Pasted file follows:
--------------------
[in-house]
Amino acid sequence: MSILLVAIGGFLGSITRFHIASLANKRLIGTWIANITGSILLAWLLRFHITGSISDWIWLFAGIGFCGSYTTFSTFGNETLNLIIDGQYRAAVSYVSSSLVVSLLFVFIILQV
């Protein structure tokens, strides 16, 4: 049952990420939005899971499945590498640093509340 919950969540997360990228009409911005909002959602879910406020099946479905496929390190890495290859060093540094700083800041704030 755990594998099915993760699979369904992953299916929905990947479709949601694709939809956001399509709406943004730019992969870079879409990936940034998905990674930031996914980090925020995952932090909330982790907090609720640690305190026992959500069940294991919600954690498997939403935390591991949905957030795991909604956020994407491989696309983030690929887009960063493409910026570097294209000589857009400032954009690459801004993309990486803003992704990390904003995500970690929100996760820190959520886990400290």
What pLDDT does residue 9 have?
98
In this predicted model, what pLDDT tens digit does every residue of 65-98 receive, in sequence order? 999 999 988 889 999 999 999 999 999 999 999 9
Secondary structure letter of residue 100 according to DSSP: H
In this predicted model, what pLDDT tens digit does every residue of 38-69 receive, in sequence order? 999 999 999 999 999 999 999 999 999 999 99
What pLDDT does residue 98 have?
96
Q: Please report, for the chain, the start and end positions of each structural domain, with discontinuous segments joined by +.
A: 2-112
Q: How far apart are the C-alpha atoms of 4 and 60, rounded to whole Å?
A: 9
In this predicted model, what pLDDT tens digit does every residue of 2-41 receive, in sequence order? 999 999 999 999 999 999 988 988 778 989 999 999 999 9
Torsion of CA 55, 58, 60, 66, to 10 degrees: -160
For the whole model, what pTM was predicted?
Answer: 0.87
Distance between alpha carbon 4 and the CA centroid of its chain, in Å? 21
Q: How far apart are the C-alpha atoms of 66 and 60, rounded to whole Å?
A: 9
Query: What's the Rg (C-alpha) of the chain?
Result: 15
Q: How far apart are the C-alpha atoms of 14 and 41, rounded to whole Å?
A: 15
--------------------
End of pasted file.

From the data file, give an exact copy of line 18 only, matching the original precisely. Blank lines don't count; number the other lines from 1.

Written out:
Answer: 0.87